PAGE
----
Drive a Grizzly¶
Grizzly is a discontinued platform. Please see Drive a Husky for a currently-supported robot.
This page is presented for legacy information only.
Updating the Virtual Machine¶
Open a terminal window (Ctrl + Alt + T), and enter the following:
sudo apt-get update sudo apt-get install ros-kinetic-grizzly-simulator sudo apt-get install ros-kinetic-grizzly-desktop sudo apt-get install ros-kinetic-grizzly-navigation
Running a Virtual Grizzly¶
Open a terminal window, and enter:
roslaunch grizzly_gazebo grizzly_empty_world.launch
Open another terminal window, and enter:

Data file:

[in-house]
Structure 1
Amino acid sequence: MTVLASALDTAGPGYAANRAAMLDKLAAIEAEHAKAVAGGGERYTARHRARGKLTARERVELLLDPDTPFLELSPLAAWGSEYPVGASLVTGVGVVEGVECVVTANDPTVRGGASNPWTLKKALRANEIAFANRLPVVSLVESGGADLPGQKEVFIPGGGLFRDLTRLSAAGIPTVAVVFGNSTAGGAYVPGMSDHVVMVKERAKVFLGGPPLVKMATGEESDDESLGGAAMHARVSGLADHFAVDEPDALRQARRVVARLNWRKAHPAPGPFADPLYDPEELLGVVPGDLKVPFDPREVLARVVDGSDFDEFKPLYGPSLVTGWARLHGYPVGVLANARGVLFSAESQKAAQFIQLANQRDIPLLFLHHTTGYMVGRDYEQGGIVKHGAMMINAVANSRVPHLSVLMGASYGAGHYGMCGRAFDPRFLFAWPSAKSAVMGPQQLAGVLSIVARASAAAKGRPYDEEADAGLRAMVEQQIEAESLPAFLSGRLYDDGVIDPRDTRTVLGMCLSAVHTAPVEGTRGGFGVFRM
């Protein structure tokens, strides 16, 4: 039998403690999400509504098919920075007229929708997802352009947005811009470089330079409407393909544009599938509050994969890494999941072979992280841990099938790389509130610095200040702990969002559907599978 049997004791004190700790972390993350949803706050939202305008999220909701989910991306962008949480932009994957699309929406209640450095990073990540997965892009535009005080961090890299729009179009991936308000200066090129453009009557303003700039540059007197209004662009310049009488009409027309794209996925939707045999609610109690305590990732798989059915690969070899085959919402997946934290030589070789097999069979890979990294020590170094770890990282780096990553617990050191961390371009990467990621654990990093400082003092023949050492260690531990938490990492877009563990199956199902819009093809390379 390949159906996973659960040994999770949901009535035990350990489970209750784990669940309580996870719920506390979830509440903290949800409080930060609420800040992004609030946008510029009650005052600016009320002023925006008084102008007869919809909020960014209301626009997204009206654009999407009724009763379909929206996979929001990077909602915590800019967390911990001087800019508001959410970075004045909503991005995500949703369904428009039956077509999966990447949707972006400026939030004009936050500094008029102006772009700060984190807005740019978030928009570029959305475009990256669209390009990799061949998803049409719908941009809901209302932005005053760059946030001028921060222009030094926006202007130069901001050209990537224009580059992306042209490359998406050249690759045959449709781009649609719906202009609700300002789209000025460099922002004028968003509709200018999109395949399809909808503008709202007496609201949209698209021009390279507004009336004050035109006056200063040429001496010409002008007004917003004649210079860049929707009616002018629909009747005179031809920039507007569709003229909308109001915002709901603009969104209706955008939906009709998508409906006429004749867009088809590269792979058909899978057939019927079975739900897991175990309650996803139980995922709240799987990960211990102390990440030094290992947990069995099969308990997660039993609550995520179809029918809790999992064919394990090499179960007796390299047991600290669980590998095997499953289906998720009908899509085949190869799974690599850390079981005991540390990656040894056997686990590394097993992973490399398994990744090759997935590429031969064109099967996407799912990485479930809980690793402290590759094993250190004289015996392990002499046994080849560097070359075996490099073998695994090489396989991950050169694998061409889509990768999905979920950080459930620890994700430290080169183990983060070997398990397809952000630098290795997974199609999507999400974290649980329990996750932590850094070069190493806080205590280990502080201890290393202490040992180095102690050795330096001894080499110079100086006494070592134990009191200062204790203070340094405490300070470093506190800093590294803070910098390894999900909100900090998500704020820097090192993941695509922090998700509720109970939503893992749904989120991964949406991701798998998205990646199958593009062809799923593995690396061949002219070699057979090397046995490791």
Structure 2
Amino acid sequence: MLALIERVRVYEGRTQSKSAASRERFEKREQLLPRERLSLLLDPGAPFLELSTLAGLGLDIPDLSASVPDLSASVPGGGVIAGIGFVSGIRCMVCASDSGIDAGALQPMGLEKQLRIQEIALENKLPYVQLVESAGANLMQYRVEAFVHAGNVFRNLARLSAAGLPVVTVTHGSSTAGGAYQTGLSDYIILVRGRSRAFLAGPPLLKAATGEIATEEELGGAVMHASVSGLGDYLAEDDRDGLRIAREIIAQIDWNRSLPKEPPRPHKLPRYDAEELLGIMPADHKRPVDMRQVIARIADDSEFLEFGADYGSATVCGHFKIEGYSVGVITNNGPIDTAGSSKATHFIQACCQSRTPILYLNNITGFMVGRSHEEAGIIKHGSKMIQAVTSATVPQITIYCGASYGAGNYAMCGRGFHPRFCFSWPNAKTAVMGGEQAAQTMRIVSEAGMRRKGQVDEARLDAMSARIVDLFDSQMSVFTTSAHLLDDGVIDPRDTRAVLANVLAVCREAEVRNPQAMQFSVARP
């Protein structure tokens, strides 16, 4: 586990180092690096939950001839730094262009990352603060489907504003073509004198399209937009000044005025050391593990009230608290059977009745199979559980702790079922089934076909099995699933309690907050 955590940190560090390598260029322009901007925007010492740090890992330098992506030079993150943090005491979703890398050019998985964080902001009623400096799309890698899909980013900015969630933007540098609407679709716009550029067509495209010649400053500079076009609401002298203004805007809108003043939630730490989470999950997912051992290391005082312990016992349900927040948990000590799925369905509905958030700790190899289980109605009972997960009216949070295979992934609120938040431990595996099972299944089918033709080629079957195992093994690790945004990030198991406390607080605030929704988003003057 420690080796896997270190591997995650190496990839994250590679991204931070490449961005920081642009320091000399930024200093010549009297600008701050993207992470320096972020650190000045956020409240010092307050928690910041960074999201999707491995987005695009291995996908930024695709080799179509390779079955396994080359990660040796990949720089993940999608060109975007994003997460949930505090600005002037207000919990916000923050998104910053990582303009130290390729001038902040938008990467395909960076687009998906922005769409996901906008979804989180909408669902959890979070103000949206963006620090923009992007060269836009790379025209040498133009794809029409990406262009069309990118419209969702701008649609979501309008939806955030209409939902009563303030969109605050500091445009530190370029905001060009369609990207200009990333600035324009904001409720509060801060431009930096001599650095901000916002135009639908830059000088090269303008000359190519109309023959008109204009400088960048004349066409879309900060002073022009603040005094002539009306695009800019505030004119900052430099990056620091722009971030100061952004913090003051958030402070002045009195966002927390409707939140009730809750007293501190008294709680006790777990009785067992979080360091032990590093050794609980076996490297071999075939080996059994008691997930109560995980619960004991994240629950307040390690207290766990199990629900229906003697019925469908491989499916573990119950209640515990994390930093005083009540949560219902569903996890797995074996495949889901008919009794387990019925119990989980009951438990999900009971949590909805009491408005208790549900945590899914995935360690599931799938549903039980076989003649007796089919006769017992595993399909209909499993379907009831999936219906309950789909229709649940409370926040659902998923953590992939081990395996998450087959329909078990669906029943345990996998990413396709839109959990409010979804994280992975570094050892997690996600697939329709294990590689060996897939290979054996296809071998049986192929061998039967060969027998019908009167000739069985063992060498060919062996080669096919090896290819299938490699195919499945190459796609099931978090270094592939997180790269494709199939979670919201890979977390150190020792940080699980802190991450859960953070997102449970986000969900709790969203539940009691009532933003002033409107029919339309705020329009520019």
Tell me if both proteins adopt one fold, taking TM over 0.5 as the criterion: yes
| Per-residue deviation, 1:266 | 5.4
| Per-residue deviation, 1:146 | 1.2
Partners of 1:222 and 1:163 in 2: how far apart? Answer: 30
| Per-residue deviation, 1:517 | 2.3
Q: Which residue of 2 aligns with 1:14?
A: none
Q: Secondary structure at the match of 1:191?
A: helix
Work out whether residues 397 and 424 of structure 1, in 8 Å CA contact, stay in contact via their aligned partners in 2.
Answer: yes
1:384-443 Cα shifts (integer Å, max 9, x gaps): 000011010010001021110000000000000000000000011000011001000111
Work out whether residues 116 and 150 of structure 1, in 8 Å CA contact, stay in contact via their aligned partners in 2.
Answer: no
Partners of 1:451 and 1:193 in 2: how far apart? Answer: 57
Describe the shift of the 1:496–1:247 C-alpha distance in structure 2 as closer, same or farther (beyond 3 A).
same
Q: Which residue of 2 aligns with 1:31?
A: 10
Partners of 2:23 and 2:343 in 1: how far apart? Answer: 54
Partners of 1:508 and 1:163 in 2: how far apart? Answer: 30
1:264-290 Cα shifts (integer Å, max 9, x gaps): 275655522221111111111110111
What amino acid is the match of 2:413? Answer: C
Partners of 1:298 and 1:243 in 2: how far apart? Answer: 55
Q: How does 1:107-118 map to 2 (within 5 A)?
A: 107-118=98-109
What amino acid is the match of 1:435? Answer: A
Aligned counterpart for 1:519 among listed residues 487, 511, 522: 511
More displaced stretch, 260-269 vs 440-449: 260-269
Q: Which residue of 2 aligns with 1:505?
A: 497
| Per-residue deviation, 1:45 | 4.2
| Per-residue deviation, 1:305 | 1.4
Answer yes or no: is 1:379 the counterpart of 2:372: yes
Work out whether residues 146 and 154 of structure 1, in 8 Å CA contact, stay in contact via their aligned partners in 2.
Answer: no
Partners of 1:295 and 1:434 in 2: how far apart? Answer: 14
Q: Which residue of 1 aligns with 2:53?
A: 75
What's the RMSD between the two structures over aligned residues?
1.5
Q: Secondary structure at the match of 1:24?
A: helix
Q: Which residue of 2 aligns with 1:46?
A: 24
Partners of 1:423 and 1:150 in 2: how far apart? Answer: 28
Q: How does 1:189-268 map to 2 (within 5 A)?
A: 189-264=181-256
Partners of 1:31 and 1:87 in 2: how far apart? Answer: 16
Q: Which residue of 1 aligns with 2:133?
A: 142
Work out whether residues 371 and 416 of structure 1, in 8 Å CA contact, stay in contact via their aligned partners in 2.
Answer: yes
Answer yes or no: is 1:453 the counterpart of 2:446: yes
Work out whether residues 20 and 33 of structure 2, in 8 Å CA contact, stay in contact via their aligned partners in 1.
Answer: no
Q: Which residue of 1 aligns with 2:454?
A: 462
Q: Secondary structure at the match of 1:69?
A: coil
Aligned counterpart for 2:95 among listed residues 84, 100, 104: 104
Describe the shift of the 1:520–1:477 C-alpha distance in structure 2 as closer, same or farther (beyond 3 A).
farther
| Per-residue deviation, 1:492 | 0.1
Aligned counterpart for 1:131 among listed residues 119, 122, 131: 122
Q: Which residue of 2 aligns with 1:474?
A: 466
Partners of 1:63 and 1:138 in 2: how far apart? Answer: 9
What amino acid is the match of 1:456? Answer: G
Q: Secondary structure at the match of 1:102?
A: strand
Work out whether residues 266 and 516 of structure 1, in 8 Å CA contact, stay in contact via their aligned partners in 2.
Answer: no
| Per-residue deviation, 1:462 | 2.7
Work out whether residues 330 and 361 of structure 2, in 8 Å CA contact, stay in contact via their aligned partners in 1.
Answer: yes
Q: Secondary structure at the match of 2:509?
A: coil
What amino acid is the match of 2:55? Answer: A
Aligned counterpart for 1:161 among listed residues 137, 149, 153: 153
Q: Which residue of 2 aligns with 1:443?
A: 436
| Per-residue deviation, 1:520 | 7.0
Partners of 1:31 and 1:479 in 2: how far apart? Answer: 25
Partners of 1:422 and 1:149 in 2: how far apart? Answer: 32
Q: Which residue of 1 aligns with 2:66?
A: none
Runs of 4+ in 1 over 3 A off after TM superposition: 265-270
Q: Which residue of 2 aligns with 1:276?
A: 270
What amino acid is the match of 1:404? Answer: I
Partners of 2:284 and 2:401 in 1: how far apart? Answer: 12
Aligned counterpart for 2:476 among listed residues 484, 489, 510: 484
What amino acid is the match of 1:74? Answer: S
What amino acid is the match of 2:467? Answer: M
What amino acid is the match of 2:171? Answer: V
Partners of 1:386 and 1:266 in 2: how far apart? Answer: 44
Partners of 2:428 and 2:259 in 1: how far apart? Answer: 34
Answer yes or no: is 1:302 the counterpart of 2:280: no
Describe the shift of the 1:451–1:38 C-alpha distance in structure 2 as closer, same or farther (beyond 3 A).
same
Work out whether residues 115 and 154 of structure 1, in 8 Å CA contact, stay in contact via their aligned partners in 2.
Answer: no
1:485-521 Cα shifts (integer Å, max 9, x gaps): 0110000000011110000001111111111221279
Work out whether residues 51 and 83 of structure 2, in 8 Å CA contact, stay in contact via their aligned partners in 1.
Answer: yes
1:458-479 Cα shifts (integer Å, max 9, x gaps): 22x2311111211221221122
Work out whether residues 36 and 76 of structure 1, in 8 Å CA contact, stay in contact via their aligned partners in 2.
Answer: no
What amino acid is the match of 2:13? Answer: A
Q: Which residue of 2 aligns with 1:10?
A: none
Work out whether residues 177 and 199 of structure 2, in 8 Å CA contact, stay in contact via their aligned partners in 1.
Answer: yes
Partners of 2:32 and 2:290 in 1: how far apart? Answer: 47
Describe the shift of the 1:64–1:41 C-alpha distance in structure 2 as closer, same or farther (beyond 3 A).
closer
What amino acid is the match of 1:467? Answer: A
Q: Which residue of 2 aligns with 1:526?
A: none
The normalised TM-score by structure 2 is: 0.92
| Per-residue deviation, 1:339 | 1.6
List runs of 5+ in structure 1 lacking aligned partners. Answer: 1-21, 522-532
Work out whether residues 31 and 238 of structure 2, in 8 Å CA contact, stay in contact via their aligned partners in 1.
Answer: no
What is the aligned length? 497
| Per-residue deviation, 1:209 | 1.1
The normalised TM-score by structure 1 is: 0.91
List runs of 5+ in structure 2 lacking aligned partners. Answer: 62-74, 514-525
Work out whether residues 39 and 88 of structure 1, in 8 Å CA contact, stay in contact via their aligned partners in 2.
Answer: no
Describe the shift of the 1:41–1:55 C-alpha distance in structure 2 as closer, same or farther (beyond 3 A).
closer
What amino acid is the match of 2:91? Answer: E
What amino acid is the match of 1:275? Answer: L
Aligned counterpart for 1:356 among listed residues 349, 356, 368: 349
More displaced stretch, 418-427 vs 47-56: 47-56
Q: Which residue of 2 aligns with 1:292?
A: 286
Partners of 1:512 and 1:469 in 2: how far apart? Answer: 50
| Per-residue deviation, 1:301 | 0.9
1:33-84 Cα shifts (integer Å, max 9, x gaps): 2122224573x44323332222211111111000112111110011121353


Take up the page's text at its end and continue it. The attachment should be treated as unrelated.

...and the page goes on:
roslaunch grizzly_viz view_robot.launch
You should be given two windows, both showing a yellow, rugged robot (Grizzly!). The left one shown is Gazebo. This is where we get a realistic simulation of our robot, including wheel slippage, skidding, and inertia. We can add objects to this simulation, or even entire maps of real places.
This window below is RViz. This tool allows us to see sensor data from a robot, and give it commands (in a future post). RViz is a more simplified simulation in the interest of speed.
We can now command the robot to go forwards. Open a terminal window, and copy the following:
rostopic pub /cmd_vel geometry_msgs/Twist "linear: x: 0.5 y: 0.0 z: 0.0 angular: x: 0.0 y: 0.0 z: 0.0"
In the above command, we publish to the cmd_vel topic, of topic type geometry_msgs/Twist. The data we publish tells the simulated Grizzly to go forwards at 0.5m/s, without any rotation. You should see your Grizzly move forwards. In the gazebo window, you might also notice simulated wheel slip, and skidding.